Juul Calls Vaping Ballot Question Language Biased

SAN FRANCISCO (CN) – Vaping giant Juul and its allies sued the city of San Francisco Friday over its “false” and “misleading” descriptions of a ballot measure that could replace the city’s e-cigarette ban with a lighter set of regulations.

Yes On C – Coalition for Responsible Vaping claims the city’s Ballot Simplification Committee is “placing its thumb on the scale” to favor upholding an e-cigarette ban, which was unanimously approved by the city’s Board of Supervisors in June.

The coalition accuses San Francisco City Attorney Dennis Herrera, who approves wording for each ballot question, of bias. Herrera was a major supporter of city legislation that banned the sale of vaping products in June.

The ballot question reads: “Shall the city overturn the law passed by the Board of Supervisors suspending the sale of electronic cigarettes that lack required FDA authorization, and adopt new regulations on the sale, manufacture, distribution and advertising of electronic cigarettes in San Francisco?”

Juul Labs co-founder and Chief Product Officer James Monsees testifies before a House Oversight and Government Reform subcommittee on Capitol Hill in Washington on July 25, 2019, during a hearing on the youth nicotine epidemic. (AP Photo/Susan Walsh)

The petitioners argue the term “required FDA authorization” is misleading because e-cigarette sales are legal under federal law while FDA approval is pending. The Food and Drug Administration classified e-cigarettes as tobacco products subject to regulation in 2016, but it extended the deadline to review those products until August 2022.

Opponents of the e-cig ban also object to a summary description of the ballot measure, which states that its approval “may also repeal other existing City laws,” including one that “prohibits the sale of flavored vapor products.”

Juul and its allies say the ballot measure will not repeal San Francisco’s ban on flavored tobacco. They cite a letter from the San Francisco Office of Small Business, a city agency, stating that the ballot measure would not overturn the flavored tobacco ban.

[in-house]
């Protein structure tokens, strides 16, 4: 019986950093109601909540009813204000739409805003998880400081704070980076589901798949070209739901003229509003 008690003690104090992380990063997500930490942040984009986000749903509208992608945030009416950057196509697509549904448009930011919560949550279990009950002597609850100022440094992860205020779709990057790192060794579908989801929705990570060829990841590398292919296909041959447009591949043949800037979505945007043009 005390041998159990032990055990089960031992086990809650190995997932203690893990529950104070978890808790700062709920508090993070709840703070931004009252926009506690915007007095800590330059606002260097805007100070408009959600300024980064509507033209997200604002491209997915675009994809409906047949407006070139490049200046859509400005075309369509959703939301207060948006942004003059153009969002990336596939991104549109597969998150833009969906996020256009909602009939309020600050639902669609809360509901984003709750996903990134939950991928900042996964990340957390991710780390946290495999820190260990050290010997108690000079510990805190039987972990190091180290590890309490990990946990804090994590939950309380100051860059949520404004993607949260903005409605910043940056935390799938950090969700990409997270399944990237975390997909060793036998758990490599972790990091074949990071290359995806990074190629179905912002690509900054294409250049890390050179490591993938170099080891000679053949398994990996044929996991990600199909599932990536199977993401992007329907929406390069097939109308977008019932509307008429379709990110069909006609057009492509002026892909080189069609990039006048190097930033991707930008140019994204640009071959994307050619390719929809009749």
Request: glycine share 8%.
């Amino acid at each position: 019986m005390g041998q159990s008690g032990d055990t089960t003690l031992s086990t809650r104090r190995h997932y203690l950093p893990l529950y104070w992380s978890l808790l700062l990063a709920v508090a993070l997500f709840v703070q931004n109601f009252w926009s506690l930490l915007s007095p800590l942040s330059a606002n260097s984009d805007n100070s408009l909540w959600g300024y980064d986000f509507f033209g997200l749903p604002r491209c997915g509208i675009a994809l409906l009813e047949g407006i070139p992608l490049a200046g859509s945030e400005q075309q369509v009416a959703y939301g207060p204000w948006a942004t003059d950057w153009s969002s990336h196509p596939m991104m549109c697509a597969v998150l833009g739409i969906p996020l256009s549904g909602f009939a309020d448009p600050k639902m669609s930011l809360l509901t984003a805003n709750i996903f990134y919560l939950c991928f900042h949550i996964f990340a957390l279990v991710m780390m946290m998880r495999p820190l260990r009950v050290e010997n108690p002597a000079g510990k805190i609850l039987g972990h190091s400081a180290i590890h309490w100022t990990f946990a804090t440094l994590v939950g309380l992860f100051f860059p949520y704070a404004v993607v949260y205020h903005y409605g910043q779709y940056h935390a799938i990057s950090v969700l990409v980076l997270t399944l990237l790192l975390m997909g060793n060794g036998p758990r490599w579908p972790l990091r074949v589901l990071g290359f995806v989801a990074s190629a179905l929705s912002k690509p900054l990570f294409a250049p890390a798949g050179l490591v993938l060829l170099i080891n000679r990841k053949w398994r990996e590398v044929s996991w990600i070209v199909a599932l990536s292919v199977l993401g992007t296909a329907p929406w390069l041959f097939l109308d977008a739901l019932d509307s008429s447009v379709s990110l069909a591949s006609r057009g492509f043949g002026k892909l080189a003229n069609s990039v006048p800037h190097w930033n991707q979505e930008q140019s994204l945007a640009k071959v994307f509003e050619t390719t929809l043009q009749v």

“Instead of running a campaign on objectively true facts, opponents of the initiative seek to misinform San Francisco voters and falsely tell them that the initiative repeals the flavored tobacco ban,” backers of the ballot measure argue in their complaint.

In a statement Friday, the San Francisco City Attorney’s Office called Juul’s claims of bias “unfounded.”

Though City Attorney Herrera supported legislation to ban e-cigarette sales, spokesman John Cote said his boss has taken no public stance on the ballot measure backed by Juul.

“The Ballot Simplification Committee is an independent body dedicated to giving voters clear, accurate information,” Cote said. “The committee did that in this matter after a thorough public process. We’re confident the court will determine the language regarding the measure is accurate.”

Also on Friday, a federal judge advanced the bulk of a class action claiming Juul falsely advertised highly addictive e-cigarettes as “safe, candy-like products” to teens and adults.

As he indicated at a hearing in June, U.S. District Judge William Orrick dismissed claims of negligent marketing, negligence per se and breach of express warranty. He advanced claims of false advertising, failure to warn, manufacturing defect, warranty, implied warranty and violations of California’s unfair competition law.

Orrick found Juul failed to warn consumers that its Juulpods, or prefilled nicotine cartridges, contained 6.2% nicotine salts instead of the advertised 5% and that each pod contains more nicotine than a pack of cigarettes.

The judge also denied Juul’s motion to compel arbitration for five named plaintiffs who signed up for online accounts on Juul’s website. Orrick found the web link to Juul’s terms of service was not conspicuous enough to put them on notice about an arbitration agreement.

Juul said in a statement that it was pleased that the court partly granted its motion to dismiss and “substantially narrowed the claims at issue.”

A Juul spokesperson noted that the company is not allowed to present evidence at this early stage of litigation and that the court must treat plaintiffs’ allegations as true, “even though they are based on a fundamentally inaccurate premise.”

The company said it is considering appealing Orrick’s decision on the enforceability of its arbitration agreement.

Plaintiffs’ attorney Adam Gutride, of Gutride Safier in San Francisco, did not immediately return an email seeking comment Friday.

Last month, a House panel grilled Juul representatives about a Stanford University researcher’s findings that the company used youth-oriented marketing to target minors and reports that it portrayed e-cigarettes as “healthy” during “anti-vaping” talks in schools.

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